This gorgeous mixed media textile work of Karen Goetzinger depicts the vivid text from the whole chapter of Revelation 21 describing a “new heaven and a new earth.”
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1 And I saw a new heaven and a new earth: for the first heaven and the first earth were passed away; and there was no more sea. 2 And I John saw the holy city, new Jerusalem, coming down from God out of heaven, prepared as a bride adorned for her husband. 3 And I heard a great voice out of heaven saying, Behold, the tabernacle of God is with men, and he will dwell with them, and they shall be his people, and God himself shall be with them, and be their God. 4 And God shall wipe away all tears from their eyes; and there shall be no more death, neither sorrow, nor crying, neither shall there be any more pain: for the former things are passed away.
6 And he said unto me, It is done. I am Alpha and Omega, the beginning and the end. I will give unto him that is athirst of the fountain of the water of life freely. 7 He that overcometh shall inherit all things; and I will be his God, and he shall be my son. 8 But the fearful, and unbelieving, and the abominable, and murderers, and whoremongers, and sorcerers, and idolaters, and all liars, shall have their part in the lake which burneth with fire and brimstone: which is the second death.
9 And there came unto me one of the seven angels which had the seven vials full of the seven last plagues, and talked with me, saying, Come hither, I will shew thee the bride, the Lamb’s wife. 10 And he carried me away in the spirit to a great and high mountain, and shewed me that great city, the holy Jerusalem, descending out of heaven from God, 11 Having the glory of God: and her light was like unto a stone most precious, even like a jasper stone, clear as crystal; 12 And had a wall great and high, and had twelve gates, and at the gates twelve angels, and names written thereon, which are the names of the twelve tribes of the children of Israel: 13 On the east three gates; on the north three gates; on the south three gates; and on the west three gates.
Revelation 21 is a triptych consisting of Italian pima cotton organdy, cotton, tulle, gold lamé, acrylic paint, and gold leaf. Three 30″ x 10″ canvasses combine to make a 30″ x 30″ work in reflection of Revelation 21:16 -- "The city was laid out like a square, as long as it was wide."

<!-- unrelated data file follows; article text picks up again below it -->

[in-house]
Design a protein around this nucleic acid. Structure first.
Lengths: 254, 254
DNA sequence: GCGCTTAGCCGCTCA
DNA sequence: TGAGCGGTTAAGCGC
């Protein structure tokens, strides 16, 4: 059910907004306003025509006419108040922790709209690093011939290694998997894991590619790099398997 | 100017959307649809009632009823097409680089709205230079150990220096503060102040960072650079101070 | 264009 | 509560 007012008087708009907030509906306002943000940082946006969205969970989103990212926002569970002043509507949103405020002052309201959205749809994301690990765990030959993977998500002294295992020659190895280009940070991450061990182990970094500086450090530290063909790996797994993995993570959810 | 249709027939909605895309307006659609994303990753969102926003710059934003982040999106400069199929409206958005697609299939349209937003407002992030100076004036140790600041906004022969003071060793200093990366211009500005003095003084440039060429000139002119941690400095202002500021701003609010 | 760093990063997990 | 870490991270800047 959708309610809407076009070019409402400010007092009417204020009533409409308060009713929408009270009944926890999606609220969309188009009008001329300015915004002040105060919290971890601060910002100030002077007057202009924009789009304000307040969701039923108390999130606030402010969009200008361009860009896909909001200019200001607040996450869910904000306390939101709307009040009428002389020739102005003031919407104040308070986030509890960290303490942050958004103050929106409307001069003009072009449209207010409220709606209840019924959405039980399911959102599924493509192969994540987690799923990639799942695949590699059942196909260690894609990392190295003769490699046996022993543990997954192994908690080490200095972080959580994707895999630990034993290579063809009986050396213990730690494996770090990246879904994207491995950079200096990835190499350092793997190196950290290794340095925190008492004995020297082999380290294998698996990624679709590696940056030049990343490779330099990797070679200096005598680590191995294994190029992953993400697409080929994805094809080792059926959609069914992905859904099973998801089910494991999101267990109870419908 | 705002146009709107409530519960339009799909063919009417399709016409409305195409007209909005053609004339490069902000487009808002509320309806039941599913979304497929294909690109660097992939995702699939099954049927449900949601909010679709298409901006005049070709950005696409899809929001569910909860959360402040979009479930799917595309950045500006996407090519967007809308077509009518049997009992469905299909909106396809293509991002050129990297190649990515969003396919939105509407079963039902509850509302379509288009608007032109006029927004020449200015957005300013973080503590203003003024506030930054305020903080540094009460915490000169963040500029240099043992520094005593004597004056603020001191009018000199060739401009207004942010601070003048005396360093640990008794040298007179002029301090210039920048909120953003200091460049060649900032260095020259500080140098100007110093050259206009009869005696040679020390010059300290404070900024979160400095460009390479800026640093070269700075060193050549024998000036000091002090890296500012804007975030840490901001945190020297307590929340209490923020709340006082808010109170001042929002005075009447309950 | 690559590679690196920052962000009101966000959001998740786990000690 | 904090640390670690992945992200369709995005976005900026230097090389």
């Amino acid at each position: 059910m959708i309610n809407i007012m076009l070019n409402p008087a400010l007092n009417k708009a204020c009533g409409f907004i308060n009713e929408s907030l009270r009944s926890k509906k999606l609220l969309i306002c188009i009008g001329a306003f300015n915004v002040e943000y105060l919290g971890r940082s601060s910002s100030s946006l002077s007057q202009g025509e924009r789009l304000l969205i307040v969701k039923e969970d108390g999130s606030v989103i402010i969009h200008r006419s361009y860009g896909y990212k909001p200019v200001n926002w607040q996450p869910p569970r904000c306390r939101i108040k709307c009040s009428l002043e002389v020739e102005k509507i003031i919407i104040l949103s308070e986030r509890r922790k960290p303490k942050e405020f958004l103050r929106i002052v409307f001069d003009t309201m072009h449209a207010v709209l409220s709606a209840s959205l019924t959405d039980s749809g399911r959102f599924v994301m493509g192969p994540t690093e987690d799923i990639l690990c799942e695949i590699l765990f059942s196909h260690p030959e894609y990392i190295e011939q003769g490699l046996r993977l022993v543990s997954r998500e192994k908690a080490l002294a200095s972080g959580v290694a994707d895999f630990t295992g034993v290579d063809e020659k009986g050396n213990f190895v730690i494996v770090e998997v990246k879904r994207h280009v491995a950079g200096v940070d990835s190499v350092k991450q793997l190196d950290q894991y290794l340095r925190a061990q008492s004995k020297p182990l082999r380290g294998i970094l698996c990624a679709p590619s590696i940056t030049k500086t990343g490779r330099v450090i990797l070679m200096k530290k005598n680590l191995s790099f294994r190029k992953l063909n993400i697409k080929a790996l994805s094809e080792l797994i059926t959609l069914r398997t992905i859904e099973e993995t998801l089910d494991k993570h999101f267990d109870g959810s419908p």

The city skyline is layers of organdy (often used in wedding gowns) built up as a city and then monoprinted with acrylic paint, connecting to verse 2: "I saw the Holy City, the new Jerusalem, coming down out of heaven from God, prepared as a bride beautifully dressed for her husband."
The bottom portion of each section was made by painting cotton fabric – cutting up the fabric into small rectangles of varying sizes and reassembling, overlapping the rectangles slightly. That new “fabric” was then stitched over the top in interlocking rectangles. Sheer tulle was stitched over the top in reflection of verses 19-20: "The foundations of the city walls were decorated with every kind of precious stone. The first foundation was jasper, the second sapphire, the third agate, the fourth emerald, the fifth onyx, the sixth ruby, the seventh chrysolite, the eighth beryl, the ninth topaz, the tenth turquoise, the eleventh jacinth, and the twelfth amethyst."
Each section of the triptych was monoprinted: the red “splotches” symbolizing the blood of the Lamb, the portions of text as well as the gold lamé Alpha & Omega, and Chi Rho. This stems from verse 6: "He said to me: “It is done. I am the Alpha and the Omega, the Beginning and the End."
The gold leaf cross illuminates the city from verse 23: "The city does not need the sun or the moon to shine on it, for the glory of God gives it light, and the Lamb is its lamp."
The piece now resides in the east entrance of the chapel at Martin Luther College in New Ulm, Minnesota.
In a world increasingly enthralled with high speed technology and quantity over quality production goals, Karen Goetzinger finds artistic inspiration in time honored traditions. She uses techniques that compel her to savor the process of creating; from the exhilaration of selecting colours and textures to the rhythmic lullaby of stitching by hand.
Ms. Goetzinger is an award winning artist, teacher, and lecturer currently living in Ottawa, Ontario. She is known and sought after for her finely detailed mixed media textile works that are influenced by her roots in traditional quilt making, couture construction, and her lifelong passion for the urban landscape. Since 2005 she has taught at the Ottawa School of Art and is currently a mentor/instructor in the Fine and Contemporary Craft Mentoring Program.